August 31, 2015

McClatchy_logo-160x94Typically, having a stock trading at $1.26 a share is not cause for celebration. But when McClatchy stock closed at that level today, it represented a gain of 23.5 percent in the last three trading days.

McClatchy was threatened two weeks ago with delisting on the New York Stock Exchange.  The company responded with two moves that appear to have boosted investor confidence:

  • It authorized a repurchase of up to $15 million of its regularly traded shares (there is a second class of stock controlled by family members that is not affected.)
  • It paid down debt by $22.9 million, further chipping away at the large interest expense that has dragged down earnings for years.

Buying back shares is a slightly arcane practice, essentially a bet by the company that its stock is undervalued.  The repurchase creates a stronger market for those inclined to sell. And once shares have been drawn in, future earnings per remaining shares increase in value. The proposed $15 million compares against about $110 million in total market capitalization.

The stock rally is significant, but there is no guarantee it will be sustained in coming weeks or months.  Also McClatchy still trades for a little more than a third what it did at the start of the year.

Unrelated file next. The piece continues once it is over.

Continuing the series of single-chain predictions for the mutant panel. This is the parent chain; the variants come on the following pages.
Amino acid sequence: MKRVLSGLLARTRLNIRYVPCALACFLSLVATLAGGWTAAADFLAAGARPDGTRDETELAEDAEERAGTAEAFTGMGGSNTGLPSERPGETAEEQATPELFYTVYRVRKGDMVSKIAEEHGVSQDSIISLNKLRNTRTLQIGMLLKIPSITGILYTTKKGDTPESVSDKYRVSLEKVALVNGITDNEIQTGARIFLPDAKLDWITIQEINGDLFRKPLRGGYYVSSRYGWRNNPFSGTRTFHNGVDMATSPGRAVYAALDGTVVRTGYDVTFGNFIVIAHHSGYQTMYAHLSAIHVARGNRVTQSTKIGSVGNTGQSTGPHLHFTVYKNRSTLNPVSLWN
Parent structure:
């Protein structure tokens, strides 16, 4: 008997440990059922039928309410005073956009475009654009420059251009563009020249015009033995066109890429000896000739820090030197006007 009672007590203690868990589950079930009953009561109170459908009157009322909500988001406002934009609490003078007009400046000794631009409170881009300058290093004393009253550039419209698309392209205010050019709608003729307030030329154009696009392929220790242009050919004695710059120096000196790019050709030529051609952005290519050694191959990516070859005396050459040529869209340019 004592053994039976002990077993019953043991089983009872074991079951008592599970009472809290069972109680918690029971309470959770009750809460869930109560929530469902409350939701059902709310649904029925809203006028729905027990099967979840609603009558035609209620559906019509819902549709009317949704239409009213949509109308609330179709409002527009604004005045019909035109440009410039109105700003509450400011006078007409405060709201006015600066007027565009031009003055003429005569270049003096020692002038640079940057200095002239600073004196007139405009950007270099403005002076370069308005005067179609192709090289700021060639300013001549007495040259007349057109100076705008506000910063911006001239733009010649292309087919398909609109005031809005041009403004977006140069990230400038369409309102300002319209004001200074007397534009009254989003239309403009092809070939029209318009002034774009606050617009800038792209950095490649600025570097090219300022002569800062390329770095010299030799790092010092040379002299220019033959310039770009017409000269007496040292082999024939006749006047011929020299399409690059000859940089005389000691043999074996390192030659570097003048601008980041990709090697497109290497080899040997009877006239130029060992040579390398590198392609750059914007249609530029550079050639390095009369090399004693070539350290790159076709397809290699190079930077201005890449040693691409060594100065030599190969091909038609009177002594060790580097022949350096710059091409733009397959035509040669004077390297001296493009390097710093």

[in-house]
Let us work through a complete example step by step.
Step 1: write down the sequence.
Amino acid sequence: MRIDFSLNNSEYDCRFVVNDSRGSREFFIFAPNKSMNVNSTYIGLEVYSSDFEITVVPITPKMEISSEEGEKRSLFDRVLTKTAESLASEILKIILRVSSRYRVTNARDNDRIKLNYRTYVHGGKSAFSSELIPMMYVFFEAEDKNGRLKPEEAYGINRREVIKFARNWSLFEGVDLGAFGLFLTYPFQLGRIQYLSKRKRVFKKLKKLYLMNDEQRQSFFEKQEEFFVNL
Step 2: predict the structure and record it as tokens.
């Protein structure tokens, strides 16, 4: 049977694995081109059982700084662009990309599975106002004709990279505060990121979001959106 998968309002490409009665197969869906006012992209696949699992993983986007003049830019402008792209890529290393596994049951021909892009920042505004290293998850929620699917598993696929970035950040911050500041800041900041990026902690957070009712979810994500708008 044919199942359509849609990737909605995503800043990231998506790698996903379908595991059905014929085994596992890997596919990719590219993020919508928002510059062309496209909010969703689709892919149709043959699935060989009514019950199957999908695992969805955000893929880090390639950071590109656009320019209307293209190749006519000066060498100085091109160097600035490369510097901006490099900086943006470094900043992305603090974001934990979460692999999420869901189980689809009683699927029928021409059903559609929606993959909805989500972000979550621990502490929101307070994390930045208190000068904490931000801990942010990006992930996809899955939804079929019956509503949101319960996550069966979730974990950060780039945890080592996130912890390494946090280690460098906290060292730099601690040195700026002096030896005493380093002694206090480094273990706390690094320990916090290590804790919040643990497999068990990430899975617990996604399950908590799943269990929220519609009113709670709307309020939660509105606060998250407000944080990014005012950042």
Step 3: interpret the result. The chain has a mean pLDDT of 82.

But the rally does address the immediate issue raised by the stock exchange, which put the company on notice that its share price had averaged under $1 for a period of 30 days.  After such a notice, a company must respond within 10 days with a plan for remediating the problem, though it has six months to carry out a fix.

Company spokesman Ryan Kimball declined comment on the recent action and the move in share price.

Also the improvement does not especially ease the pressure for cost controls for the remainder of 2015, which could include more newsroom buyouts or layoffs.

Asked about how those would play out during the company’s most recent earnings conference call with with analysts in mid-July, CEO Pat Talamantes replied:

It’s us doing what we usually do which is responding to the revenue environment with additional expense reduction. This is typically happening newspaper-by-newspaper as they are dealing with challenges in their own markets. So that’s what you are seeing — if you are sensing more momentum it’s coming from additional actions that individual markets are taking. Some additional things that we’re doing, but largely things that are happening at the local level.

Politico reported last week that McClatchy is also considering shuttering some or all of its five remaining foreign bureaus.

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Rick Edmonds is media business analyst for the Poynter Institute where he has done research and writing for the last fifteen years. His commentary on…
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